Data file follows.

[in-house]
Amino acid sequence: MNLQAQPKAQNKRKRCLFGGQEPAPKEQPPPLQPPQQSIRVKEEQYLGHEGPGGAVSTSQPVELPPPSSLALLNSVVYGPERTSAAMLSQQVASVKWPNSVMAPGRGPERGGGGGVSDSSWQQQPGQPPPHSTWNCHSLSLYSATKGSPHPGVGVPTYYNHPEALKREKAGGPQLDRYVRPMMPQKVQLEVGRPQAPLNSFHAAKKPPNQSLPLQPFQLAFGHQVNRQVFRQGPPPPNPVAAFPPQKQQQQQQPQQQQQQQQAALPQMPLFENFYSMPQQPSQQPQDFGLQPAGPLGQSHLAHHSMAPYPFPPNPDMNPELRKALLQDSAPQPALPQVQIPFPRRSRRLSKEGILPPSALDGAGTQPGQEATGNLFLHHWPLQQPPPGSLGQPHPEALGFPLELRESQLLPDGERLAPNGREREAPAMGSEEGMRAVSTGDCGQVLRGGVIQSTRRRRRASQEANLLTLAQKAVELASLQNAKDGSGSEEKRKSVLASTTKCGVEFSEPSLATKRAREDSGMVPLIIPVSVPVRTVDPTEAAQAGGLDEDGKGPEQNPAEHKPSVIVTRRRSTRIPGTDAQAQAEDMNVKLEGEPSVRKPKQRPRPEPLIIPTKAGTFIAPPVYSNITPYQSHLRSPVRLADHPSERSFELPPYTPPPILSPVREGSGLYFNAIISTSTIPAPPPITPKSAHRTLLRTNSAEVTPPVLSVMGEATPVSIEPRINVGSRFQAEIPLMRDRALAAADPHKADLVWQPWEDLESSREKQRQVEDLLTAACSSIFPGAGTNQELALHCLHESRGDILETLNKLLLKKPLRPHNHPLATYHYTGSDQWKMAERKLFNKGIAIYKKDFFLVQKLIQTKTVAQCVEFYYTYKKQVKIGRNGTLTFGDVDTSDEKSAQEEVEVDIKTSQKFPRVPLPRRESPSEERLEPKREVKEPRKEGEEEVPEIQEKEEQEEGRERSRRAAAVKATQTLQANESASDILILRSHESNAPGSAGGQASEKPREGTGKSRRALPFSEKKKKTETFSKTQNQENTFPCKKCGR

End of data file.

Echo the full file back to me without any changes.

[in-house]
Amino acid sequence: MNLQAQPKAQNKRKRCLFGGQEPAPKEQPPPLQPPQQSIRVKEEQYLGHEGPGGAVSTSQPVELPPPSSLALLNSVVYGPERTSAAMLSQQVASVKWPNSVMAPGRGPERGGGGGVSDSSWQQQPGQPPPHSTWNCHSLSLYSATKGSPHPGVGVPTYYNHPEALKREKAGGPQLDRYVRPMMPQKVQLEVGRPQAPLNSFHAAKKPPNQSLPLQPFQLAFGHQVNRQVFRQGPPPPNPVAAFPPQKQQQQQQPQQQQQQQQAALPQMPLFENFYSMPQQPSQQPQDFGLQPAGPLGQSHLAHHSMAPYPFPPNPDMNPELRKALLQDSAPQPALPQVQIPFPRRSRRLSKEGILPPSALDGAGTQPGQEATGNLFLHHWPLQQPPPGSLGQPHPEALGFPLELRESQLLPDGERLAPNGREREAPAMGSEEGMRAVSTGDCGQVLRGGVIQSTRRRRRASQEANLLTLAQKAVELASLQNAKDGSGSEEKRKSVLASTTKCGVEFSEPSLATKRAREDSGMVPLIIPVSVPVRTVDPTEAAQAGGLDEDGKGPEQNPAEHKPSVIVTRRRSTRIPGTDAQAQAEDMNVKLEGEPSVRKPKQRPRPEPLIIPTKAGTFIAPPVYSNITPYQSHLRSPVRLADHPSERSFELPPYTPPPILSPVREGSGLYFNAIISTSTIPAPPPITPKSAHRTLLRTNSAEVTPPVLSVMGEATPVSIEPRINVGSRFQAEIPLMRDRALAAADPHKADLVWQPWEDLESSREKQRQVEDLLTAACSSIFPGAGTNQELALHCLHESRGDILETLNKLLLKKPLRPHNHPLATYHYTGSDQWKMAERKLFNKGIAIYKKDFFLVQKLIQTKTVAQCVEFYYTYKKQVKIGRNGTLTFGDVDTSDEKSAQEEVEVDIKTSQKFPRVPLPRRESPSEERLEPKREVKEPRKEGEEEVPEIQEKEEQEEGRERSRRAAAVKATQTLQANESASDILILRSHESNAPGSAGGQASEKPREGTGKSRRALPFSEKKKKTETFSKTQNQENTFPCKKCGR